Sixty five years ago, the newly sworn-in President of the United States and war hero, Dwight Eisenhower, stood on the back seat of a big, white convertible as he celebrated his inauguration parade through the streets of Washington DC.

The car in which he stood was General Motors (GM) new range topper, the Cadillac Eldorado.

Never has a car had such a powerful introduction and global endorsement.

When Cadillac was truly the ‘standard of the world’ the Eldorado stood above and beyond all else.

It was the lowest, sleekest American automobile of its era.

The big car was offered in convertible format only.

The styling derived directly from GM’s 1951 Le Sabre and 1952 Cadillac show cars.

It was the first production car to have a wrap around windscreen which set a trend for the next decade.

The convertible top was hidden below a smooth metal cover that fitted flush with the rear deck.

Nothing interrupted the flowing lines of this aspirational machine, except for the notch in the belt line — a motif always favoured by GM’s design supremo, Harley Earl.

The Eldorado was the dream car you could buy in your local Cadillac dealership.

Every luxury option in the known universe was standard on this baby.

GM made just 532 Eldorados in 1953.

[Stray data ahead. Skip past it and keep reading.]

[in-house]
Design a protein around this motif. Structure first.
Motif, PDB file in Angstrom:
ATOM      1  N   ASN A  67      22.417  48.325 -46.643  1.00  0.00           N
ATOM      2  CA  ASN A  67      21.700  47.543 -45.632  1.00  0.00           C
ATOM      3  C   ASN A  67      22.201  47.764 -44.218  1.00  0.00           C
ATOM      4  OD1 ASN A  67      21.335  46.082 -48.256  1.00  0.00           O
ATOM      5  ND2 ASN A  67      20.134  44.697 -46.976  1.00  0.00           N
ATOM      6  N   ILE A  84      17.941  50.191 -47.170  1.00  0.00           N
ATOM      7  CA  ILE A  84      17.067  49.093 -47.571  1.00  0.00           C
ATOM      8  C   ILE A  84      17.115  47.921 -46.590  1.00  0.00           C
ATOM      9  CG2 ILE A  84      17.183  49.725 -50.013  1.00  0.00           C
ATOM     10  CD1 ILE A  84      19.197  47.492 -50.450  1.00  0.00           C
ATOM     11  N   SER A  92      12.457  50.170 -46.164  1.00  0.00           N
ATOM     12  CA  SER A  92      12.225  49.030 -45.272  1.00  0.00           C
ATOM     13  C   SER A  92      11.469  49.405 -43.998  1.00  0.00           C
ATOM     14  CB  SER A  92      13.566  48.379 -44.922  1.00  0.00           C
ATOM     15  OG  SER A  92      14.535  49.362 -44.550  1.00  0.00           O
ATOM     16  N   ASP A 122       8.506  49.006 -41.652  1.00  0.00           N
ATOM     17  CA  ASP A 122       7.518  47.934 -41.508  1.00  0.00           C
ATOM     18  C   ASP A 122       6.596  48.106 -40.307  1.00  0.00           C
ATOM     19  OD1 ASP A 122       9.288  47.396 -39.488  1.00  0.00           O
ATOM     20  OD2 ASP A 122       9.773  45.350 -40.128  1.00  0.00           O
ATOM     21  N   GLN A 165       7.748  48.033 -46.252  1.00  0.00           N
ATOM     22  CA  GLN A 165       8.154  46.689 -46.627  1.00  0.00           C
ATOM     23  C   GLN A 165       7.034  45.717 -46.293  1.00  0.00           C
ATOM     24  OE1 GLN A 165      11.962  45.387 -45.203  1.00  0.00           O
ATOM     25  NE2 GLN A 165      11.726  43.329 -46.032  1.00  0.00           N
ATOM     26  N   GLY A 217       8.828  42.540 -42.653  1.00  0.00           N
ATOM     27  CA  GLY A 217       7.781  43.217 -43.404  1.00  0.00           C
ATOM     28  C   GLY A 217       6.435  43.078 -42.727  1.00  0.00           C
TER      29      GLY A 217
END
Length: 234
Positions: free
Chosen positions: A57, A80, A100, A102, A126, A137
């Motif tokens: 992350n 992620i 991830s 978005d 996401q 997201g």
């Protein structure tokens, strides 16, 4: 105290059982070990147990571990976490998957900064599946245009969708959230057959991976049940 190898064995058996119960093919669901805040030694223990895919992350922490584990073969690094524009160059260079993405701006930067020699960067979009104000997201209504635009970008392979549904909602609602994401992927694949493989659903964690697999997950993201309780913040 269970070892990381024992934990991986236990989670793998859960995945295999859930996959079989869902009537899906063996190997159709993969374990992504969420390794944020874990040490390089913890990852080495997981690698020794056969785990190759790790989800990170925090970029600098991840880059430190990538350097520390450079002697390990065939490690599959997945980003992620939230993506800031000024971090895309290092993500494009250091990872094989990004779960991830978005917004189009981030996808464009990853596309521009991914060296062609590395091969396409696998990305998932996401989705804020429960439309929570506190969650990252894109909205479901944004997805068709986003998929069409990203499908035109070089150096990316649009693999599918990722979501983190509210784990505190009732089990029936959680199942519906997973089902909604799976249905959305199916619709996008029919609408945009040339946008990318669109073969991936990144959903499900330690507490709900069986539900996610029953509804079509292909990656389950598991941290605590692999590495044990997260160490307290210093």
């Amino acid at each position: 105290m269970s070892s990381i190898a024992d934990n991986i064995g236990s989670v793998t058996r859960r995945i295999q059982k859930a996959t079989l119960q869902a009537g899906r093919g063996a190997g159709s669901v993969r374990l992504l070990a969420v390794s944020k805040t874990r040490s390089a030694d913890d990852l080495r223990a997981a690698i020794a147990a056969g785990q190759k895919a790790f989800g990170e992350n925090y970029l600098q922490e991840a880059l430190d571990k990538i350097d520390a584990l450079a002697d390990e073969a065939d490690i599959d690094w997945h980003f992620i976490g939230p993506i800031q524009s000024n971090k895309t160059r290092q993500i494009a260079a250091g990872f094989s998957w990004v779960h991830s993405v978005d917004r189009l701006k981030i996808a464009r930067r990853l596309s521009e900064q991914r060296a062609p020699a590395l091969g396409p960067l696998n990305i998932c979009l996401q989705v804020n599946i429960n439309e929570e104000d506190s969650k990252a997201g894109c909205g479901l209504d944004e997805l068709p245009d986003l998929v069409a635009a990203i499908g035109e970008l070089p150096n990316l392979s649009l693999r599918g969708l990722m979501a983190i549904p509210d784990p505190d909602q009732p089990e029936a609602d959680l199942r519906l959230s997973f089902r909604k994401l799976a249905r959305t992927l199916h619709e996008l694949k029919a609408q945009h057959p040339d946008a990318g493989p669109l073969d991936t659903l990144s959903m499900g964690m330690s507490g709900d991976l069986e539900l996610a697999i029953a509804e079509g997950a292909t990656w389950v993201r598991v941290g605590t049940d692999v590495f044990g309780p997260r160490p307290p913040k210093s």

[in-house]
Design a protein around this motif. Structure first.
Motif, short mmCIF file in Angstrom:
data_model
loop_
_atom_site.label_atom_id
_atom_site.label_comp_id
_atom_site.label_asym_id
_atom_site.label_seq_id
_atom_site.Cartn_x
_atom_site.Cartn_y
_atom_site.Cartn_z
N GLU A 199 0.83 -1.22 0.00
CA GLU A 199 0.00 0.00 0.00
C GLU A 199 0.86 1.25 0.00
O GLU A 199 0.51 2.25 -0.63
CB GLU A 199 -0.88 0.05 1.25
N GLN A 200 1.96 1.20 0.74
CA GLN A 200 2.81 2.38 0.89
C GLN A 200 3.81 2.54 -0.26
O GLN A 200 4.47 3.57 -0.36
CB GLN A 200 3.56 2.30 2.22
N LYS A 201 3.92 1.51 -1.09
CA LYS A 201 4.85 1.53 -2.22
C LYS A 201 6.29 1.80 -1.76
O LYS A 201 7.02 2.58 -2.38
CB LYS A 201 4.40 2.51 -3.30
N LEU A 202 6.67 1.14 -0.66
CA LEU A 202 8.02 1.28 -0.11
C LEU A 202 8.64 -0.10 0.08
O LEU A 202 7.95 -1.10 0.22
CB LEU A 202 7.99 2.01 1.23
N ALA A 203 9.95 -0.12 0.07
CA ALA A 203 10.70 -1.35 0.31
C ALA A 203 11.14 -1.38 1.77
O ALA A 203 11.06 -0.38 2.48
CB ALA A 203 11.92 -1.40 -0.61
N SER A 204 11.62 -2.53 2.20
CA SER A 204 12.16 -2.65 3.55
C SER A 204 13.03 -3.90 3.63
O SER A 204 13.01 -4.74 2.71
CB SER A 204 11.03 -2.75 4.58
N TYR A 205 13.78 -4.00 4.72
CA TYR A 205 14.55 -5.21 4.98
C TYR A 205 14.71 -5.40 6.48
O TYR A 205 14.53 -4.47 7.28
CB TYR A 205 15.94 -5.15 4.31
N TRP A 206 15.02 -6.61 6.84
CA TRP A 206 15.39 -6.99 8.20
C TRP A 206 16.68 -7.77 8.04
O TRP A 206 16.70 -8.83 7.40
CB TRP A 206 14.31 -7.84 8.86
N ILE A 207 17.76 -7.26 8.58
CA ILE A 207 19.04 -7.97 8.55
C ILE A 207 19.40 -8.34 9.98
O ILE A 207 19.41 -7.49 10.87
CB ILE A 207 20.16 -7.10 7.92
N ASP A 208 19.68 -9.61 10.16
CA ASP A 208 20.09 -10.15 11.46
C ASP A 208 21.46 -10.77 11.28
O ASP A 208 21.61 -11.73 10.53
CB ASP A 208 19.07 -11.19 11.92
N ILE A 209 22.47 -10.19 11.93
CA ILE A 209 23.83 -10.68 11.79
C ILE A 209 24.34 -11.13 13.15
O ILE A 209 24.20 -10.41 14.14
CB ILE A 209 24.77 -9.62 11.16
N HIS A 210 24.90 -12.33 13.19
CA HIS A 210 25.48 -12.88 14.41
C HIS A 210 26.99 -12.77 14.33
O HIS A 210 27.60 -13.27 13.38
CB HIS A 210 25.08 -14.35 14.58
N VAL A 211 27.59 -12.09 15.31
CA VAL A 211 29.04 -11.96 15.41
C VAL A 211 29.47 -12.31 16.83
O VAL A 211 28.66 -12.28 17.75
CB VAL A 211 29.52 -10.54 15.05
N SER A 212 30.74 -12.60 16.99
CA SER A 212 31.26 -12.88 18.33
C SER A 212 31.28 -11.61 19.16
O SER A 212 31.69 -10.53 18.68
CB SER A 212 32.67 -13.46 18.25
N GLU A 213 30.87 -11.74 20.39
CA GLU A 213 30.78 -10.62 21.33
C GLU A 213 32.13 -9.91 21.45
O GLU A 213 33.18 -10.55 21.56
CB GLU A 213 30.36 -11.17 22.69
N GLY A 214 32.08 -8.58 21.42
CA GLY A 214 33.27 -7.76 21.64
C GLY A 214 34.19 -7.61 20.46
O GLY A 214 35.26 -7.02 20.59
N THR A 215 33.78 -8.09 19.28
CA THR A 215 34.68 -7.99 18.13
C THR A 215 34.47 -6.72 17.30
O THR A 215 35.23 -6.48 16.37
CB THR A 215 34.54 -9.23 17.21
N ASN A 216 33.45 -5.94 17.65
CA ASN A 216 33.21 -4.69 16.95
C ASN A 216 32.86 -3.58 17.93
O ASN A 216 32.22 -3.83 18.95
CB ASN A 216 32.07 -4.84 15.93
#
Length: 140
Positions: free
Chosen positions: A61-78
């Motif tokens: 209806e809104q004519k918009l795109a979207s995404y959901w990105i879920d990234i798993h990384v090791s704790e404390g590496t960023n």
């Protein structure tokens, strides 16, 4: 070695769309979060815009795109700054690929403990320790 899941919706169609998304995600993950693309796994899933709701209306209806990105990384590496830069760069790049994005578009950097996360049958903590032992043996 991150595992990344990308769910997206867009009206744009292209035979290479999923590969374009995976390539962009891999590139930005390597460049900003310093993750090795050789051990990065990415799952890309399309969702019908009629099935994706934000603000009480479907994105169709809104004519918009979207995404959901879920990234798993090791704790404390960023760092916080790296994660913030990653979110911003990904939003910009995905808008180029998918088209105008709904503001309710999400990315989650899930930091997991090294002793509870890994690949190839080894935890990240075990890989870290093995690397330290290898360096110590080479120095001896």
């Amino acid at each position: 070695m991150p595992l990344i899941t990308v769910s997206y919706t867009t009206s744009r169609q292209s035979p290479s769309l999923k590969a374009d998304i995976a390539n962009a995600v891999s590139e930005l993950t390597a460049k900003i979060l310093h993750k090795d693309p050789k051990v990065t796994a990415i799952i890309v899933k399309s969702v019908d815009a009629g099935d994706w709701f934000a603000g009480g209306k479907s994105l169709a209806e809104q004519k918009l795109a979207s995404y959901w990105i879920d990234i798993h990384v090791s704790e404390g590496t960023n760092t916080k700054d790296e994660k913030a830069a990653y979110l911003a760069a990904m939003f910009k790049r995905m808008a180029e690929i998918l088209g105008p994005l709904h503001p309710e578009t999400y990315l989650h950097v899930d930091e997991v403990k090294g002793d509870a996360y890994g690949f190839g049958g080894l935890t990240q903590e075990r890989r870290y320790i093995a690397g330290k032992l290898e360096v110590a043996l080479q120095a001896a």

They priced it three times higher than a normal Cadillac and sold every one of them.

The first Eldorado established the legend and in subsequent years the brand name became synonymous with chic luxury and success.

When someone said “I bought an Eldorado” you knew exactly what it meant and much about the buyer.

It is a name that Cadillac could well use today instead of confusing letters and numbers, like XT5, which fail to convey any sense of meaning.

“I bought an XT5” has minimal cut-through when every other car, especially the cheap and cheerful brands, are similarly tagged these days.

The XT5 is an SUV, btw.

David Burrell is the editor of retroautos.com.au

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Burrell

David Burrell is founder and editor of Retroautos.com.au, a free online classic cars magazine. Dave has a passion for cars and car design. He's also into speedway, which he's been writing about since 1981. His first car was a rusted-out 1961 Vauxhall Velox. His daily driver is a Pontiac Firebird. Prior to starting Retroautos, David was an executive in a Fortune 500 company, working and living in Australia, NZ, Asia, Latin America and the UK.